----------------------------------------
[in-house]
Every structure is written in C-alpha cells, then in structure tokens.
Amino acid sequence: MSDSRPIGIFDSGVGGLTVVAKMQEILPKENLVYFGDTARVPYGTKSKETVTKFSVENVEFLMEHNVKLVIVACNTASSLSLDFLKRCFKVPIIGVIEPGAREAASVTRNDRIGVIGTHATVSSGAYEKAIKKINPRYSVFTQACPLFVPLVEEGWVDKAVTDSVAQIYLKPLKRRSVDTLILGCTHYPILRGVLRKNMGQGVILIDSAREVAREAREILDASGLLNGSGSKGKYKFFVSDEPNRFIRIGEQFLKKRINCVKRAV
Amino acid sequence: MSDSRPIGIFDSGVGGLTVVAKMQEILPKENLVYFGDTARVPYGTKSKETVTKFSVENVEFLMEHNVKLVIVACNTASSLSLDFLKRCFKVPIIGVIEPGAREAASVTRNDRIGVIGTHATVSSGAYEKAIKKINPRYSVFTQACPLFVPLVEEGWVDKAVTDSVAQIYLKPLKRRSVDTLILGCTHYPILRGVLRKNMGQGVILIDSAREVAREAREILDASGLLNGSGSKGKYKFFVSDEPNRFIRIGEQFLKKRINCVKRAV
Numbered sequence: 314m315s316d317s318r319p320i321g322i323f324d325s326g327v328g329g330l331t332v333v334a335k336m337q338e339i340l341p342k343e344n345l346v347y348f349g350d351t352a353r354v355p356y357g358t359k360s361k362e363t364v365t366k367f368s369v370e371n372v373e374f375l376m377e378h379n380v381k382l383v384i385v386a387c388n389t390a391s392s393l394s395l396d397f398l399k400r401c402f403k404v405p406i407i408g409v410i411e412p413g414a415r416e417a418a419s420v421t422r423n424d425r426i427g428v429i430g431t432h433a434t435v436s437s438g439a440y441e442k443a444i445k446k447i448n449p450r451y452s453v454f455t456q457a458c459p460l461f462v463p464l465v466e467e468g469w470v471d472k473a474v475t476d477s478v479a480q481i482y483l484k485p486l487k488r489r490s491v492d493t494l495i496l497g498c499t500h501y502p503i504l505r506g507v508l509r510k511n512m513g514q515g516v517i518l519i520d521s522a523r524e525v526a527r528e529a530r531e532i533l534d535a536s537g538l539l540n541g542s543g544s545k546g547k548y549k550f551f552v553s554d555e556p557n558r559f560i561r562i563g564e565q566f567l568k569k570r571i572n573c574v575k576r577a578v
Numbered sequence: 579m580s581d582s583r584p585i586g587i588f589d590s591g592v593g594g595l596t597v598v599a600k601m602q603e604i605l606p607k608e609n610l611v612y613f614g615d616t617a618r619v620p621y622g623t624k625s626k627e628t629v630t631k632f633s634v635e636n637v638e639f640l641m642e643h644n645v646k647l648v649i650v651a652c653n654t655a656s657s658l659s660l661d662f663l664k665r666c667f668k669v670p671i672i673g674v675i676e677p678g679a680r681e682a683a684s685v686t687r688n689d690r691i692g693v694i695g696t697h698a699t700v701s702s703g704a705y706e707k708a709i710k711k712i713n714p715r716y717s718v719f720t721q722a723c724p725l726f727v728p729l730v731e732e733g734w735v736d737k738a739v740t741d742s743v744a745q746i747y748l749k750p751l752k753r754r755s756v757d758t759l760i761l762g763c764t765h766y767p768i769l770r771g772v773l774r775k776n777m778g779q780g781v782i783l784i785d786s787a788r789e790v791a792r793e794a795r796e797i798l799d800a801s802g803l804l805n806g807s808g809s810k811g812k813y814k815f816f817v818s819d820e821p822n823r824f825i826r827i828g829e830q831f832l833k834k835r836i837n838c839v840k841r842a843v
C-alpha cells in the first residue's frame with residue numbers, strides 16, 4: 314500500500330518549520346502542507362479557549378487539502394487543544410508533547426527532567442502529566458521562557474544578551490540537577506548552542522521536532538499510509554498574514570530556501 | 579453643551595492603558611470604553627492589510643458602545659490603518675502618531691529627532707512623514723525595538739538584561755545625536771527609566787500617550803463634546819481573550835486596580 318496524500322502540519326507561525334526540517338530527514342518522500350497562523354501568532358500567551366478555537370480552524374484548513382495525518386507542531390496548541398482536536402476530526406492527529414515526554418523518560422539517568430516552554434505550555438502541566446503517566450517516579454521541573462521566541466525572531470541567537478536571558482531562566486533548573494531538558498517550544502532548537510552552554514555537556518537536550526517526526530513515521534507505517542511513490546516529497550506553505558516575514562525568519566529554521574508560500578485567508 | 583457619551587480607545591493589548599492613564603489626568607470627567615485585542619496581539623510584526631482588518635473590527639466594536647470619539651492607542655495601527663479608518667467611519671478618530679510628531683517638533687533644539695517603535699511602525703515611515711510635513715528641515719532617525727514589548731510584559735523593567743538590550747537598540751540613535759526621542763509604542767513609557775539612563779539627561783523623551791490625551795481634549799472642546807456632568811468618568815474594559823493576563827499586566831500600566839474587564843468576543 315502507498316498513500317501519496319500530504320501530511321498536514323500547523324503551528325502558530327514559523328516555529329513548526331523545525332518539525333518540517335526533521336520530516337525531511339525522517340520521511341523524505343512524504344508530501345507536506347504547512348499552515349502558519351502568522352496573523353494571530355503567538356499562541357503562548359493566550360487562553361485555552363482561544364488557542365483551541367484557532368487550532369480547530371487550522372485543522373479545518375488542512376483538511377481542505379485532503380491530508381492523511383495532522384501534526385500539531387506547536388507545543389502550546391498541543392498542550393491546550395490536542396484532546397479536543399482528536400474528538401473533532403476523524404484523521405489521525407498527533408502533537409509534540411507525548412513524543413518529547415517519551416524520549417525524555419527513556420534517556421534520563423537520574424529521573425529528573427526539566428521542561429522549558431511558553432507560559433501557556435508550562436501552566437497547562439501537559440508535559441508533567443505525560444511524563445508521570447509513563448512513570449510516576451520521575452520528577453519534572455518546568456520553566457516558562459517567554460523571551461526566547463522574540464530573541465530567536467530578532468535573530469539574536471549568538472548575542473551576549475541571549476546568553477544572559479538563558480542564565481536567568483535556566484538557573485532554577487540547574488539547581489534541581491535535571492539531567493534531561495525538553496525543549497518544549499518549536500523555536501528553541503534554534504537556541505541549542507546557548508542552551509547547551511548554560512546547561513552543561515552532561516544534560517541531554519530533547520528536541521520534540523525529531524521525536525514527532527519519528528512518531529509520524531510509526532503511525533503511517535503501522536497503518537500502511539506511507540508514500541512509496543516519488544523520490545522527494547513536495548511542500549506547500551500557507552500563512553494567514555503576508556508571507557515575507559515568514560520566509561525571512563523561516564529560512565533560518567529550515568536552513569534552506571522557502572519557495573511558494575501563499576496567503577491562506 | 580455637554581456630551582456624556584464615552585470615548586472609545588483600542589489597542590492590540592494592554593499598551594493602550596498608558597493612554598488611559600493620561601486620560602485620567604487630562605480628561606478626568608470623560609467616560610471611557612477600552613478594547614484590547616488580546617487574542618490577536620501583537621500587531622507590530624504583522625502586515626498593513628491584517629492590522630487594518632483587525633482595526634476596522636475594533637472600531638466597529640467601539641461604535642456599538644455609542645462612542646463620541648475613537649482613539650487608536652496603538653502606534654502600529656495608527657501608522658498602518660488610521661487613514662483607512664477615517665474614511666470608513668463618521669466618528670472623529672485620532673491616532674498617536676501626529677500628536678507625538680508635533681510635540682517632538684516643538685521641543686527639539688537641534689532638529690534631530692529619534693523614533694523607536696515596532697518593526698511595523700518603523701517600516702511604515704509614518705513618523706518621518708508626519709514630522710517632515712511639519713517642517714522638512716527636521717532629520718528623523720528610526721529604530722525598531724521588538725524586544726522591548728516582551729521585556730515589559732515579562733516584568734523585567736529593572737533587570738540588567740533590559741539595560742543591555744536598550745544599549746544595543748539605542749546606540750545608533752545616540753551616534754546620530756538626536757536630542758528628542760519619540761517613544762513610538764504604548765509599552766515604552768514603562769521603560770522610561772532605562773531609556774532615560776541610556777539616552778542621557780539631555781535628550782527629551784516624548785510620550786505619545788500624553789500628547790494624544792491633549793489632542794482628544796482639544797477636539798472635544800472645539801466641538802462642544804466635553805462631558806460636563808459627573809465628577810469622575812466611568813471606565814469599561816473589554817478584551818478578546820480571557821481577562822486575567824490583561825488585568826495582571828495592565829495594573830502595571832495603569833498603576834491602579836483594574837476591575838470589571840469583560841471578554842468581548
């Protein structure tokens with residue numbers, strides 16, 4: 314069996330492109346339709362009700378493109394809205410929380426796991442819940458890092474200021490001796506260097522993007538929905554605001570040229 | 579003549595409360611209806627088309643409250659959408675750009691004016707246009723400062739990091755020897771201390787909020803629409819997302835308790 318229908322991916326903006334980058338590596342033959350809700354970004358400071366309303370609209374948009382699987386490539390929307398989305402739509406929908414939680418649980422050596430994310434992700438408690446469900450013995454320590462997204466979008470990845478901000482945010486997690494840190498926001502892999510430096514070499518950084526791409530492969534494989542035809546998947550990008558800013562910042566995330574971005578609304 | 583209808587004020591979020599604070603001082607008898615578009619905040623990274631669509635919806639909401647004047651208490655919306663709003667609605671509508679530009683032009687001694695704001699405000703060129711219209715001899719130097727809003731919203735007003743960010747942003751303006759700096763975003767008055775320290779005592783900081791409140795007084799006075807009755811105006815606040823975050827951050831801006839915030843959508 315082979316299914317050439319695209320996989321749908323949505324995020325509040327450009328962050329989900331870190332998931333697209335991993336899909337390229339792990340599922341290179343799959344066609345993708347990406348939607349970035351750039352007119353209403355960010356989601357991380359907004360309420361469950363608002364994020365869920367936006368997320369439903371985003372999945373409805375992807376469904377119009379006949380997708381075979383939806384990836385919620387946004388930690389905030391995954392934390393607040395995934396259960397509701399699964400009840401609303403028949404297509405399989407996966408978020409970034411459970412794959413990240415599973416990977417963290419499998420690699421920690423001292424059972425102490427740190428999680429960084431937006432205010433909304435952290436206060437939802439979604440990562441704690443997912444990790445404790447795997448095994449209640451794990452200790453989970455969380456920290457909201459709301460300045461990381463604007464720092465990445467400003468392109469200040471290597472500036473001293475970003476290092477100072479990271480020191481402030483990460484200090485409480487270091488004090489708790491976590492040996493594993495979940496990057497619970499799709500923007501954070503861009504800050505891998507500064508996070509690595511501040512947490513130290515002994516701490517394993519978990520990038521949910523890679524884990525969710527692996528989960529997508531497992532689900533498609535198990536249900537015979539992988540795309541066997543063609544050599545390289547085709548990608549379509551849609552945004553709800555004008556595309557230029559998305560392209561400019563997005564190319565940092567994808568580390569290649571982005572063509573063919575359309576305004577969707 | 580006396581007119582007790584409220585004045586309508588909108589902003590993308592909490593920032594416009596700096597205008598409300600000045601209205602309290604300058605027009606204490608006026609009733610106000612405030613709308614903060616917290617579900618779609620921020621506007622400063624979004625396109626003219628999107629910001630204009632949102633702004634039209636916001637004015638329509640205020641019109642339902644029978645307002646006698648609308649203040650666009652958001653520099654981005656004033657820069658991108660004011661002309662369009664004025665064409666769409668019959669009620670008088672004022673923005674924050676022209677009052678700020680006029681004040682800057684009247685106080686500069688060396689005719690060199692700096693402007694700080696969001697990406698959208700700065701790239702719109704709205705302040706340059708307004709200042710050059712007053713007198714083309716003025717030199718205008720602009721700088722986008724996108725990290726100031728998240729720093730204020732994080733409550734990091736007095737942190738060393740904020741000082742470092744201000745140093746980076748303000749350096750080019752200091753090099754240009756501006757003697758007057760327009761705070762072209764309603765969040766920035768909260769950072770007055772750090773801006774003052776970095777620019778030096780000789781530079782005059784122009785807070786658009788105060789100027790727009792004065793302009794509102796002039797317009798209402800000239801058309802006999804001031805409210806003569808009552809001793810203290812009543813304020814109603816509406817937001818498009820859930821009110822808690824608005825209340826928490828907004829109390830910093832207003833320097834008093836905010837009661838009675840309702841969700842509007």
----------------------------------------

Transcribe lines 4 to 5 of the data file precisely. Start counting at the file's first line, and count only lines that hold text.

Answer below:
Amino acid sequence: MSDSRPIGIFDSGVGGLTVVAKMQEILPKENLVYFGDTARVPYGTKSKETVTKFSVENVEFLMEHNVKLVIVACNTASSLSLDFLKRCFKVPIIGVIEPGAREAASVTRNDRIGVIGTHATVSSGAYEKAIKKINPRYSVFTQACPLFVPLVEEGWVDKAVTDSVAQIYLKPLKRRSVDTLILGCTHYPILRGVLRKNMGQGVILIDSAREVAREAREILDASGLLNGSGSKGKYKFFVSDEPNRFIRIGEQFLKKRINCVKRAV
Numbered sequence: 314m315s316d317s318r319p320i321g322i323f324d325s326g327v328g329g330l331t332v333v334a335k336m337q338e339i340l341p342k343e344n345l346v347y348f349g350d351t352a353r354v355p356y357g358t359k360s361k362e363t364v365t366k367f368s369v370e371n372v373e374f375l376m377e378h379n380v381k382l383v384i385v386a387c388n389t390a391s392s393l394s395l396d397f398l399k400r401c402f403k404v405p406i407i408g409v410i411e412p413g414a415r416e417a418a419s420v421t422r423n424d425r426i427g428v429i430g431t432h433a434t435v436s437s438g439a440y441e442k443a444i445k446k447i448n449p450r451y452s453v454f455t456q457a458c459p460l461f462v463p464l465v466e467e468g469w470v471d472k473a474v475t476d477s478v479a480q481i482y483l484k485p486l487k488r489r490s491v492d493t494l495i496l497g498c499t500h501y502p503i504l505r506g507v508l509r510k511n512m513g514q515g516v517i518l519i520d521s522a523r524e525v526a527r528e529a530r531e532i533l534d535a536s537g538l539l540n541g542s543g544s545k546g547k548y549k550f551f552v553s554d555e556p557n558r559f560i561r562i563g564e565q566f567l568k569k570r571i572n573c574v575k576r577a578v